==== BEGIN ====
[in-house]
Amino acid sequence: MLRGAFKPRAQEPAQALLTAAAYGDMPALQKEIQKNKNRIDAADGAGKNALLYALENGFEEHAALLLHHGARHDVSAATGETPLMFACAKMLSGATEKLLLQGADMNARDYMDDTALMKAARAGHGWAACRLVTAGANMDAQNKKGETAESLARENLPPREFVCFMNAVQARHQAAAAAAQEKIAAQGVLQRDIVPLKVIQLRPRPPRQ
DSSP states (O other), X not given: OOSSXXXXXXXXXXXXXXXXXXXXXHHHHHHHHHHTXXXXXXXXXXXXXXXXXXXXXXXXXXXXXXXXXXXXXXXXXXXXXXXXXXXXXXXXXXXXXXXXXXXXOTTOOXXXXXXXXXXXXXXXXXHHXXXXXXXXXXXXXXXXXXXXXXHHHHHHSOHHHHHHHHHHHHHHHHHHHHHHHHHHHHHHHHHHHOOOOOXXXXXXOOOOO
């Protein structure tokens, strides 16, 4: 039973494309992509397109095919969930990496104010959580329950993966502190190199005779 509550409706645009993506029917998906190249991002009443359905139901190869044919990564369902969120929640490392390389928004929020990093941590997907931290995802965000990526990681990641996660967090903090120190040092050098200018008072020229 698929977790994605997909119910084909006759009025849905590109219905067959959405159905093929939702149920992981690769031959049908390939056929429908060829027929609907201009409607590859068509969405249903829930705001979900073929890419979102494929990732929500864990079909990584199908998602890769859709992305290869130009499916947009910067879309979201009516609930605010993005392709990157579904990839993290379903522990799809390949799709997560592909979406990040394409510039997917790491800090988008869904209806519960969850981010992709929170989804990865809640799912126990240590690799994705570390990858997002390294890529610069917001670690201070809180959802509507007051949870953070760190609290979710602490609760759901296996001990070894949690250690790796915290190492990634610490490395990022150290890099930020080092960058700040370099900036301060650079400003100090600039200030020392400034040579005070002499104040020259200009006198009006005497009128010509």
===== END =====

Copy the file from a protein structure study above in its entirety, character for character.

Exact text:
[in-house]
Amino acid sequence: MLRGAFKPRAQEPAQALLTAAAYGDMPALQKEIQKNKNRIDAADGAGKNALLYALENGFEEHAALLLHHGARHDVSAATGETPLMFACAKMLSGATEKLLLQGADMNARDYMDDTALMKAARAGHGWAACRLVTAGANMDAQNKKGETAESLARENLPPREFVCFMNAVQARHQAAAAAAQEKIAAQGVLQRDIVPLKVIQLRPRPPRQ
DSSP states (O other), X not given: OOSSXXXXXXXXXXXXXXXXXXXXXHHHHHHHHHHTXXXXXXXXXXXXXXXXXXXXXXXXXXXXXXXXXXXXXXXXXXXXXXXXXXXXXXXXXXXXXXXXXXXXOTTOOXXXXXXXXXXXXXXXXXHHXXXXXXXXXXXXXXXXXXXXXXHHHHHHSOHHHHHHHHHHHHHHHHHHHHHHHHHHHHHHHHHHHOOOOOXXXXXXOOOOO
């Protein structure tokens, strides 16, 4: 039973494309992509397109095919969930990496104010959580329950993966502190190199005779 509550409706645009993506029917998906190249991002009443359905139901190869044919990564369902969120929640490392390389928004929020990093941590997907931290995802965000990526990681990641996660967090903090120190040092050098200018008072020229 698929977790994605997909119910084909006759009025849905590109219905067959959405159905093929939702149920992981690769031959049908390939056929429908060829027929609907201009409607590859068509969405249903829930705001979900073929890419979102494929990732929500864990079909990584199908998602890769859709992305290869130009499916947009910067879309979201009516609930605010993005392709990157579904990839993290379903522990799809390949799709997560592909979406990040394409510039997917790491800090988008869904209806519960969850981010992709929170989804990865809640799912126990240590690799994705570390990858997002390294890529610069917001670690201070809180959802509507007051949870953070760190609290979710602490609760759901296996001990070894949690250690790796915290190492990634610490490395990022150290890099930020080092960058700040370099900036301060650079400003100090600039200030020392400034040579005070002499104040020259200009006198009006005497009128010509």